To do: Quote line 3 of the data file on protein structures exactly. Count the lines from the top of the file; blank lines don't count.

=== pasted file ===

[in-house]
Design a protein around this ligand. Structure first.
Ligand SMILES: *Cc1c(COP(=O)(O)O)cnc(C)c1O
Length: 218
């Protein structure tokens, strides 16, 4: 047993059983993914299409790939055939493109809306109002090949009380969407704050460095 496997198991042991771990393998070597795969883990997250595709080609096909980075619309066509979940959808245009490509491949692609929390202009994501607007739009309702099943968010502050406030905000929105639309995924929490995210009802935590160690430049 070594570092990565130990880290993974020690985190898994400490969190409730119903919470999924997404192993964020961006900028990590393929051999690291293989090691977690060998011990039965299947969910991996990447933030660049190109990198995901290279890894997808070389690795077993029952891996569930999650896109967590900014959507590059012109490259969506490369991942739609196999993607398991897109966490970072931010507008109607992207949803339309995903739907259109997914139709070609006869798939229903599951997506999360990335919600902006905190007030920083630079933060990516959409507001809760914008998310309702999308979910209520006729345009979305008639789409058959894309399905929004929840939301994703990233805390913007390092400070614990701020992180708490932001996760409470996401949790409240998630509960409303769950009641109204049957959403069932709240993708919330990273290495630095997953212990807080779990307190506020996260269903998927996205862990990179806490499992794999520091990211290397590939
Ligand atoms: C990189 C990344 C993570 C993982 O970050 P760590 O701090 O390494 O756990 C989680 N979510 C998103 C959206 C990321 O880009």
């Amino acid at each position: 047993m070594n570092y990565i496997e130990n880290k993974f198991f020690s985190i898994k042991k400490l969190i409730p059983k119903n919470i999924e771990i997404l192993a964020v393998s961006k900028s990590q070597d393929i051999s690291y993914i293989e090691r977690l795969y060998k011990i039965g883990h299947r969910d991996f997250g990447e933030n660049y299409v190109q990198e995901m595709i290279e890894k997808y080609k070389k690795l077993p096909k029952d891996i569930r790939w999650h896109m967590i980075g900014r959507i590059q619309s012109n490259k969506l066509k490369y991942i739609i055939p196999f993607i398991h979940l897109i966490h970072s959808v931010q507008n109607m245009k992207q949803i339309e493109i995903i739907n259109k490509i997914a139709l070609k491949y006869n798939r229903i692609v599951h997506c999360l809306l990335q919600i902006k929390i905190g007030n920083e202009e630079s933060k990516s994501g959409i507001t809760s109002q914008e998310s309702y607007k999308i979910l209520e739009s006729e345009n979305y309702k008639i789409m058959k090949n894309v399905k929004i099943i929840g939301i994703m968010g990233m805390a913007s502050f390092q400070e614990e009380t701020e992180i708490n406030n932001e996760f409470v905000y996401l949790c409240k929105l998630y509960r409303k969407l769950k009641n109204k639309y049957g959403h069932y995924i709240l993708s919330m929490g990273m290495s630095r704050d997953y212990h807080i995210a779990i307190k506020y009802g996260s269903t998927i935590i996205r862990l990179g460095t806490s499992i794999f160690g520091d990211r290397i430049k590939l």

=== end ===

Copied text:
Ligand SMILES: *Cc1c(COP(=O)(O)O)cnc(C)c1O